# Tips on searching for a pattern

##
1 Introduction

There are three methods provide to search for a pattern. You should
try all three so that you have a basic knowledge of the system.
The system stores some basic geometric properties and details of the
source. Hence one can search for specific geometric properties or use
a text search.
The simplest search method to use is that of the tree search, but it
can be rather slow in locating a pattern.
##
2 Geometric property search

Given a specific pattern, then you need to analysis the geometry to
see what features might be useful in a search. The problem is that
with over 1,000 patterns to choose from, one needs to search for
unusual features.
One can see what properties might be useful in searching for a
pattern by examining the geometric properties listed for each pattern
already in the system.
Consider the example:
click here.
Firstly, you should check that you agree with the properties listed:
- The star with an angle of 45° is in the centre (about which there is
a rotation of order 4)
- The other 8-pointed star with a vertex angle of 90° also has a rotation
of order 4.
- The properties state there is only one of the two stars above - this is because
the symmetry ensures the other copies appear.
- There is also reflections vertically and horizontally about the central star
which ensure that the symmetry is *442 (
*p4m*).
- The five non-regular reflective polygons are: one in light blue, one in dark blue
and two in grey blue.
- The tiling satisfies the interlace condition (the points at which more than two polygons meet
are straight cross-overs). Following the interlaces, one finds two types of infinite interlaces.
- The tiling is edge-to-edge since each straight line of a polygon is joined to only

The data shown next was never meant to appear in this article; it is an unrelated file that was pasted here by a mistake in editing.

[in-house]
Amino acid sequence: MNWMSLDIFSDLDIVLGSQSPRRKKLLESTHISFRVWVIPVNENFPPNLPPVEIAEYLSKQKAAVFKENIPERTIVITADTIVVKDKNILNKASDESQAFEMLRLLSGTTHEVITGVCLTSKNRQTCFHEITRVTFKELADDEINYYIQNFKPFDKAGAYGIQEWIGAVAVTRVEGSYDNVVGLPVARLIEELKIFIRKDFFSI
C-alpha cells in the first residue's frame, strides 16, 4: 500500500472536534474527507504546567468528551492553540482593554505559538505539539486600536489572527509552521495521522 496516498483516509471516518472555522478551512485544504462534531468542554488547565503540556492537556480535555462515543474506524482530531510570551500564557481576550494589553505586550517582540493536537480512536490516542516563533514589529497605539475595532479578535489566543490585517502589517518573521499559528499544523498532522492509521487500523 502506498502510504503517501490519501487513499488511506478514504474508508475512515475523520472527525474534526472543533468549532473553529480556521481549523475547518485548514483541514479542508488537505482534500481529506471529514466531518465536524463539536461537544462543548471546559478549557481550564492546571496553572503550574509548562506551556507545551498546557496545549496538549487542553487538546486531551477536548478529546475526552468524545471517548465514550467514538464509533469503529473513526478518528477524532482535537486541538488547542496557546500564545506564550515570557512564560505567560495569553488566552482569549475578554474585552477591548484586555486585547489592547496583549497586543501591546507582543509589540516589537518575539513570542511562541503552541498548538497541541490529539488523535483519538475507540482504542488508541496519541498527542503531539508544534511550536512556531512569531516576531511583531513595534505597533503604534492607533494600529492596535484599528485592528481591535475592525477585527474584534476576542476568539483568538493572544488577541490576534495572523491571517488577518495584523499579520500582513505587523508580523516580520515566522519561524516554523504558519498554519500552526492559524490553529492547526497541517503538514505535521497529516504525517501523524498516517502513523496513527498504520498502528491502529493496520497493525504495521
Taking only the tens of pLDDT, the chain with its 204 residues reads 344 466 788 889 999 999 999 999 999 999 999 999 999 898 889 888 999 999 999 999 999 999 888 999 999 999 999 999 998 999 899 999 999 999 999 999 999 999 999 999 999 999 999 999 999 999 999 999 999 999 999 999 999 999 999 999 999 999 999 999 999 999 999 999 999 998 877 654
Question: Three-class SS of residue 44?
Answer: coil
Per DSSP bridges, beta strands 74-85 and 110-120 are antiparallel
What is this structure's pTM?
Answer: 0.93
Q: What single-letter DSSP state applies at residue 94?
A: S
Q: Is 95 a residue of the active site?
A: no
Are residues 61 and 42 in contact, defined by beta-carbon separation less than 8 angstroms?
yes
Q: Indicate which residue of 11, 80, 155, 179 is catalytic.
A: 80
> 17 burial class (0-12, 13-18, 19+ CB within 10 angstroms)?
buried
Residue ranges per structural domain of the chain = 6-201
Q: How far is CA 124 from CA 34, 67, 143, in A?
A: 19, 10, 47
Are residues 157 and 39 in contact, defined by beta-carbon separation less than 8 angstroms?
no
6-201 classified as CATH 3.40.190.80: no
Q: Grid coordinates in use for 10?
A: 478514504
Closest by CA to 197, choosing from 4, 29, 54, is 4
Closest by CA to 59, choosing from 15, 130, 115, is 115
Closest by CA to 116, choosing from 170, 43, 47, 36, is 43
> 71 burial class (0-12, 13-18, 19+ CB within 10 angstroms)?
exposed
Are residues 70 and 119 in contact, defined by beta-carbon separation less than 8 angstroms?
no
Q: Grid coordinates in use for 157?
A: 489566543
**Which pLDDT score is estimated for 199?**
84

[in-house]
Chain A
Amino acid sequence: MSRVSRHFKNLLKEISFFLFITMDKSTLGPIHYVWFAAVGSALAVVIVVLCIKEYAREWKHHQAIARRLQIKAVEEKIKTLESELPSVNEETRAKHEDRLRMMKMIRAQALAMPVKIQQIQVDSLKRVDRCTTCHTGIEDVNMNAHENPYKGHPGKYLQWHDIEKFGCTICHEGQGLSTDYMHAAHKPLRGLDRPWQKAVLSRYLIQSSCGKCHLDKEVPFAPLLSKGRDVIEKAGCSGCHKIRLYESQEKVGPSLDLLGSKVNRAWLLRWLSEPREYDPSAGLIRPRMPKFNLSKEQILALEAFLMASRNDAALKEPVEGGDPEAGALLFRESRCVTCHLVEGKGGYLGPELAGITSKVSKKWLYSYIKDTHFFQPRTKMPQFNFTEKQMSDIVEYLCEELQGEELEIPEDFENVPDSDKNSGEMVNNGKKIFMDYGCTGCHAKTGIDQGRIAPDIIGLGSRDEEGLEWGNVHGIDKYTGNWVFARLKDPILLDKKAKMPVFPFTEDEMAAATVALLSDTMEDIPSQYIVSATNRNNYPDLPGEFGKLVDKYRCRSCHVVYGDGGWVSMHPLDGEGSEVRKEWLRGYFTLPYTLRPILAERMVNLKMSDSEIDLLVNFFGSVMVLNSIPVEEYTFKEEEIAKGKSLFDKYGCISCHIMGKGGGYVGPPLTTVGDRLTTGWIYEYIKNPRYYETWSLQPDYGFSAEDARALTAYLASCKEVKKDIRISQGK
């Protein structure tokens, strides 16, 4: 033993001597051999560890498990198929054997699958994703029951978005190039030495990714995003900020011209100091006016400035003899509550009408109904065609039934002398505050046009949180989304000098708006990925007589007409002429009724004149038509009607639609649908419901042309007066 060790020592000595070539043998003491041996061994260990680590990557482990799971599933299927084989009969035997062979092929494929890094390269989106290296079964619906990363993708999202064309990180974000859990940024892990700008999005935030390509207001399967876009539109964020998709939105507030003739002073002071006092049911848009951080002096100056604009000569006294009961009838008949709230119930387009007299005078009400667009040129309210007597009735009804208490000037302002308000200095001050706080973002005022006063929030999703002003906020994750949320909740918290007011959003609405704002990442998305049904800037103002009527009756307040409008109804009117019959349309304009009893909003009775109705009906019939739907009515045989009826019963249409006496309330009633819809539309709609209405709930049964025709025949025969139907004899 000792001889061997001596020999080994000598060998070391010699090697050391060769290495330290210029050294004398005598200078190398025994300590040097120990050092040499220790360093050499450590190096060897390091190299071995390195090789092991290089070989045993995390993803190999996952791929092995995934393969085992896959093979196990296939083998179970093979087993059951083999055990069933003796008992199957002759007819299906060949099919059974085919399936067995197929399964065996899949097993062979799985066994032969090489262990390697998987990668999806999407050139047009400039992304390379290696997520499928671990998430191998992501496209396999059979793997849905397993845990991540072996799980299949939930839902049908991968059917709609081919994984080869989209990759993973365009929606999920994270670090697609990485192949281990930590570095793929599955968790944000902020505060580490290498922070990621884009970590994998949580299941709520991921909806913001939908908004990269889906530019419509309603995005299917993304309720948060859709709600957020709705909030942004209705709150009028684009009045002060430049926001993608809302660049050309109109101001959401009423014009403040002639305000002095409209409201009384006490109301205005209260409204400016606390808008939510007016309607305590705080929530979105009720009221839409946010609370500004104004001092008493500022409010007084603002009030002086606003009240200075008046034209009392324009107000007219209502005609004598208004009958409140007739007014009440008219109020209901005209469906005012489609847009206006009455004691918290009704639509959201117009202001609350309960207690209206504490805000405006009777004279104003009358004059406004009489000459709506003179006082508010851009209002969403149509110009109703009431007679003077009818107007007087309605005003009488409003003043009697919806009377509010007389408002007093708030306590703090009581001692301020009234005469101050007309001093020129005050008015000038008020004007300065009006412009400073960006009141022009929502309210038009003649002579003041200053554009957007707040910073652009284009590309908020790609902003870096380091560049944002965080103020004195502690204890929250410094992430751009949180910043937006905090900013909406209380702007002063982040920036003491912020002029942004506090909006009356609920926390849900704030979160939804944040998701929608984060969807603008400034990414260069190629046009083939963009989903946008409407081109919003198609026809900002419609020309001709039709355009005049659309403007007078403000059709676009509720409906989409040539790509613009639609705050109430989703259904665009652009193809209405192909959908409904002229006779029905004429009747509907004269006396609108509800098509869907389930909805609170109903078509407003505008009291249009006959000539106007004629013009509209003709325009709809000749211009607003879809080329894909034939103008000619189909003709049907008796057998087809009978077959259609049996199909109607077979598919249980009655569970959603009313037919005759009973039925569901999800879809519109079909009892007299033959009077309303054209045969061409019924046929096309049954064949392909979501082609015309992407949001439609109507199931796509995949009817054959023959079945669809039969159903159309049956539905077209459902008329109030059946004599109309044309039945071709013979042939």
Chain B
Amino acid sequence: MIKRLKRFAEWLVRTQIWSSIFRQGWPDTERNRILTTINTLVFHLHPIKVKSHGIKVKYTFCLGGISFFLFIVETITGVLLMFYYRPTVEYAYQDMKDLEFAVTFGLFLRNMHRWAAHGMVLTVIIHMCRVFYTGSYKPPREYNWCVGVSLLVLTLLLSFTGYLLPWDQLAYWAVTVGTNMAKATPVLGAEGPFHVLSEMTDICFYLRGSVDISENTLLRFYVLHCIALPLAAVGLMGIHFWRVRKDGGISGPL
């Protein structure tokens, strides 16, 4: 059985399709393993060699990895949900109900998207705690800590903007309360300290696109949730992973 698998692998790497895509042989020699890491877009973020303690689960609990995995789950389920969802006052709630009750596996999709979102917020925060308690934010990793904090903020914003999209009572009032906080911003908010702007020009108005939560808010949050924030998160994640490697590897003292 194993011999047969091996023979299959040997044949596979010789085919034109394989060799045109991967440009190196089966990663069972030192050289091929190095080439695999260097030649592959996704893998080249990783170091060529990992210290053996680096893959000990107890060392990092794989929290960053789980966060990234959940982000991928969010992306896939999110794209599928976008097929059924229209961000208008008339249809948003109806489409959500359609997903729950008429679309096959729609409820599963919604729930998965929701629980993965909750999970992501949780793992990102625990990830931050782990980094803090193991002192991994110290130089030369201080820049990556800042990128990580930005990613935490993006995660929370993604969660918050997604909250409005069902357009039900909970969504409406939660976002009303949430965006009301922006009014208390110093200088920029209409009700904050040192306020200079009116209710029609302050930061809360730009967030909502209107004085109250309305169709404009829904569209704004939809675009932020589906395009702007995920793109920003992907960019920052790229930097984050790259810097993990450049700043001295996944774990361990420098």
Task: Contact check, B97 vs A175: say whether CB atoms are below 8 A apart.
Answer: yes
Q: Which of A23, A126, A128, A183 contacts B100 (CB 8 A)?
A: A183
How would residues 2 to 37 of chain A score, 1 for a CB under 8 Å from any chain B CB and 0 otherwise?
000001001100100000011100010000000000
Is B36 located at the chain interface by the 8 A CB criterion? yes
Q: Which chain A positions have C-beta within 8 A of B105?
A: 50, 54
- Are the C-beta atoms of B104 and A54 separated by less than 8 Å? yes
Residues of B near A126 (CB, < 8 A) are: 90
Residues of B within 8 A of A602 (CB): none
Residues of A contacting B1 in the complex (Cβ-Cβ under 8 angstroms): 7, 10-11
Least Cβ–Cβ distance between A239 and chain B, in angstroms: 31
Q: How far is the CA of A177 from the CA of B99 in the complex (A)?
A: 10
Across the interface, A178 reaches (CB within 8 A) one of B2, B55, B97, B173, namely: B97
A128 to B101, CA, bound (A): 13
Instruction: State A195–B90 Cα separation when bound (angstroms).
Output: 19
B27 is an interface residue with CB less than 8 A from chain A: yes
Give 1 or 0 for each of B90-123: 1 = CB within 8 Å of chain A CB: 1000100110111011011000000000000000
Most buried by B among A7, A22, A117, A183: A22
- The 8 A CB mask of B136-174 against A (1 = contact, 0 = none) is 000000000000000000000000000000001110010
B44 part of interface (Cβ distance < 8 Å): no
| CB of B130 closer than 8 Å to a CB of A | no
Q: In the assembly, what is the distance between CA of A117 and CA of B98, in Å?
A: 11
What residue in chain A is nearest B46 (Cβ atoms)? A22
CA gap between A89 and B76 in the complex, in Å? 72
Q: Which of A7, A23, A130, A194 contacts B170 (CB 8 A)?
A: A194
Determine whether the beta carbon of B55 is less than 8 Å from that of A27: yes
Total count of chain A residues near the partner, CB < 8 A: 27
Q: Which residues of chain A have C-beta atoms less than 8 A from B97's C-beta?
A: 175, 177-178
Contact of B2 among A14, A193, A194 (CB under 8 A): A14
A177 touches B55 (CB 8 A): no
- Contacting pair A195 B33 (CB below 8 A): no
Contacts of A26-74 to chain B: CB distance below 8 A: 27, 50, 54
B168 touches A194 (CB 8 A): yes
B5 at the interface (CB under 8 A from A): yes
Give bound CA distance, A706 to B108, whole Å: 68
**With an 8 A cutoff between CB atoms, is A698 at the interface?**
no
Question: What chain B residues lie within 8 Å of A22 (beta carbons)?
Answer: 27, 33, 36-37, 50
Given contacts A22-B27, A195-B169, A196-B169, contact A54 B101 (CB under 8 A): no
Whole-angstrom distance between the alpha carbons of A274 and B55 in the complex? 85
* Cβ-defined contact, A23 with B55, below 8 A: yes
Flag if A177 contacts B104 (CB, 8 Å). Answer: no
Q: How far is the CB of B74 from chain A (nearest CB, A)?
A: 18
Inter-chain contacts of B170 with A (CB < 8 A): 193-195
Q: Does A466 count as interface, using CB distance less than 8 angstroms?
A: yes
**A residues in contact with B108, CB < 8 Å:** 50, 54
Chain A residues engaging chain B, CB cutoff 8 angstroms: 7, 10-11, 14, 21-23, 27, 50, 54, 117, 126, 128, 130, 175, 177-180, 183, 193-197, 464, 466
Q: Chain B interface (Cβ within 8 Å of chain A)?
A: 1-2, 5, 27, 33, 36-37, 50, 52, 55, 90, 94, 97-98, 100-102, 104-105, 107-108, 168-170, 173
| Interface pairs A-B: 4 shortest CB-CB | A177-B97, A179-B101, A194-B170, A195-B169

one other polygon.
- The last property given the number of polygons displayed is useless for locating a pattern, since that
merely depends upon the scale of the pattern.

All of the other properties can be inserted into the form for the
comprehensive search.
This obviously locates the tiling above, but could, in general find other tilings
(but not in this case).
In practice, when working from a photograph (say) you may not be able
to determine all the properties - in that case, one should enter
only those for which you are certain. In this case, the same result
would be obtained if you did not enter the symmetry group.
You can now experiment and find out which individual properties
reduce the number to the smallest. For instance:
- Just giving the symmetry group produces 6255 tilings.
- Giving the tiling angle as 45 degrees gives 453 tilings.

Hence it is a combination of several properties which enables a
search to reduce the result to a reasonable number which can be
inspected by hand.
If you look at the
statistical summary, you will
notice a very uneven distribution for every property. This implies
that there are no simple rules as to what properties will be most
effective in locating a pattern. The only solution is to try various
properties until a suitable combination is found.
##
3 Textual properties

To search for all the tilings in the collection from the Alhambra
is easy - just type `Alhambra` into the text search box in
the comprehensive search.
However, one tiling was not as expected, see
click here. This is from the Alhambra Palace Hotel
and was thought not to be an authentic classical Islamic pattern. It is actually authentic but not
in the Alhambra Palace itself. Hence text searches need to be used with
care. In this case, the Hotel name has a '-' added so that the search gives the expected
result!
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